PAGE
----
The European Commission’s competition watchdog is reportedly checking whether German carmaker Volkswagen AG, mired in a separate scandal over diesel emissions, may have benefited from an unfair tax deal from the Grand Duchy.
According to one person, who spoke to Bloomberg on condition of anonymity because the process is not public, the preliminary query is part of a wider crackdown on sweetheart tax deals that’s snared some of the world’s biggest companies.
According to Bloomberg, it’s possible the regulator could find no wrongdoing and close the dossier. But if this is not the case, Wolfsburg, Germany-based carmaker could potentially face an order to pay millions of euros in back taxes.
Last year, German magazine Der Spiegel reported that VW’s tax structures in Luxembourg since 2012, involving a holding company and a financing company, helped it avoid paying higher taxes back home.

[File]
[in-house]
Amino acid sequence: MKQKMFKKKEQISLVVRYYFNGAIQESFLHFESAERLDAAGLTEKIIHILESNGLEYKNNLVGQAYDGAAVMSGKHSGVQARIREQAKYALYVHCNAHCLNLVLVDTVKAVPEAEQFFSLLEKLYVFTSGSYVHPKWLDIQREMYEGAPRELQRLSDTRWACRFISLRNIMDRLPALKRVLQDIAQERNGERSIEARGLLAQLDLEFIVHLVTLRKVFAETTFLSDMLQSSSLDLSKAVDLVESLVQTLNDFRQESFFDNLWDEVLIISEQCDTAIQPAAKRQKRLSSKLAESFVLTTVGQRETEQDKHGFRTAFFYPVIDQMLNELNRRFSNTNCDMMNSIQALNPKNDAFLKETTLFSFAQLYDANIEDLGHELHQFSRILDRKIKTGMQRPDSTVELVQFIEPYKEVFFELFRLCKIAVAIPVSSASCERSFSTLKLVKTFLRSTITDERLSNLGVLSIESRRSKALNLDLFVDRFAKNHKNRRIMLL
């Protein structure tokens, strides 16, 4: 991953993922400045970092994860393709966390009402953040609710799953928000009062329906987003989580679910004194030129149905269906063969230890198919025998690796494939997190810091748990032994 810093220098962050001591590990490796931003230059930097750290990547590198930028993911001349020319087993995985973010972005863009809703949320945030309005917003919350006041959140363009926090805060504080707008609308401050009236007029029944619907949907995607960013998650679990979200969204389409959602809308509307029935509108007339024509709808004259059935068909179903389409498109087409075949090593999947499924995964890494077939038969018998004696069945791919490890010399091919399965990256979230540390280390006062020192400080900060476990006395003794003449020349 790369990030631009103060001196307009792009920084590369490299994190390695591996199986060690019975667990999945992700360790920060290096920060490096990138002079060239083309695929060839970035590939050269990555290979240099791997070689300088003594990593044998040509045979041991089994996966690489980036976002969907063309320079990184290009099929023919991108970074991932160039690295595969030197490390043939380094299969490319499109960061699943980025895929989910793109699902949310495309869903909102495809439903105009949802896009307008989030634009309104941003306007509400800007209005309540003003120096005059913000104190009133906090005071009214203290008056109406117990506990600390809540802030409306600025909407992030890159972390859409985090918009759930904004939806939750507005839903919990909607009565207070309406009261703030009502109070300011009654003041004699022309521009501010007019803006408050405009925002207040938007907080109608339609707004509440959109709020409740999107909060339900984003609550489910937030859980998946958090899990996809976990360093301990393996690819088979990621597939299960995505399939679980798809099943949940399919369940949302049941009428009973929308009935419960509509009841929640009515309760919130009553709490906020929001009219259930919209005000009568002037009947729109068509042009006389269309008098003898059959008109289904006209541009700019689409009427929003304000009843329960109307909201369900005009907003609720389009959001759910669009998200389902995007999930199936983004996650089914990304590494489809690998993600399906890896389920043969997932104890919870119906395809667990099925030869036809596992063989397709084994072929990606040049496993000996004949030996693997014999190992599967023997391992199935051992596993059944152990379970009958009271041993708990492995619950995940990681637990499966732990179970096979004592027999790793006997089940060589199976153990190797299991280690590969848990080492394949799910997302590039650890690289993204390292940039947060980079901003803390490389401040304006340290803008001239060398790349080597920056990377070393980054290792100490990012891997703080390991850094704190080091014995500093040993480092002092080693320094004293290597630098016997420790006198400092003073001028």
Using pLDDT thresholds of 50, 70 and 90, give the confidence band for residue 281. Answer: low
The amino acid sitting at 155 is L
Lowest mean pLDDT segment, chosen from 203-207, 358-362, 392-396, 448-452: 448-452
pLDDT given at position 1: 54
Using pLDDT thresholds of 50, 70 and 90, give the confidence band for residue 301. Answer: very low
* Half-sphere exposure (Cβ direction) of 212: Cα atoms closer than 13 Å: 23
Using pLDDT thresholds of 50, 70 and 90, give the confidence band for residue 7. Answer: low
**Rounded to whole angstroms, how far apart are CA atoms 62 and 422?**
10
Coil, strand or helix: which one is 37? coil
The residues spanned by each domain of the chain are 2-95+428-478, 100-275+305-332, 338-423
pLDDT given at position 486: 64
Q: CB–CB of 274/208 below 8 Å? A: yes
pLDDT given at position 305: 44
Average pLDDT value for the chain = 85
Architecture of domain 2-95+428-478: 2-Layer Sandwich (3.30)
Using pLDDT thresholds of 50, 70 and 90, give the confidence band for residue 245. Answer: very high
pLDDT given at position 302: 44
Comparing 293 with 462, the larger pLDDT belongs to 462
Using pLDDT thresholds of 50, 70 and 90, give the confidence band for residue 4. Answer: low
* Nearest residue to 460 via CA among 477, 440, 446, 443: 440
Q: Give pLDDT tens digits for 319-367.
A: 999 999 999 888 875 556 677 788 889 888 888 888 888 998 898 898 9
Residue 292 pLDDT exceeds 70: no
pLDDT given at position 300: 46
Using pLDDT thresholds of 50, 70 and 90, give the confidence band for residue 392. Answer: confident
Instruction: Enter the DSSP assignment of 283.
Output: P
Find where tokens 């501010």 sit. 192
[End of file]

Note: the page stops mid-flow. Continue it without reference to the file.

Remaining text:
VW in 2014 also decided to transfer almost two dozen subsidiaries from a Netherlands-based holding company to Volkswagen Finance Luxemburg SA, the magazine said.
As reported by Bloomberg, Luxembourg was singled out in 2014 on its tax practices after reporters published thousands of pages from secret arrangements between the tiny nation and companies including Walt Disney Co., Microsoft Corp.’s Skype and PepsiCo Inc. The so-called LuxLeaks publications have been used by the European Commission in its deliberations.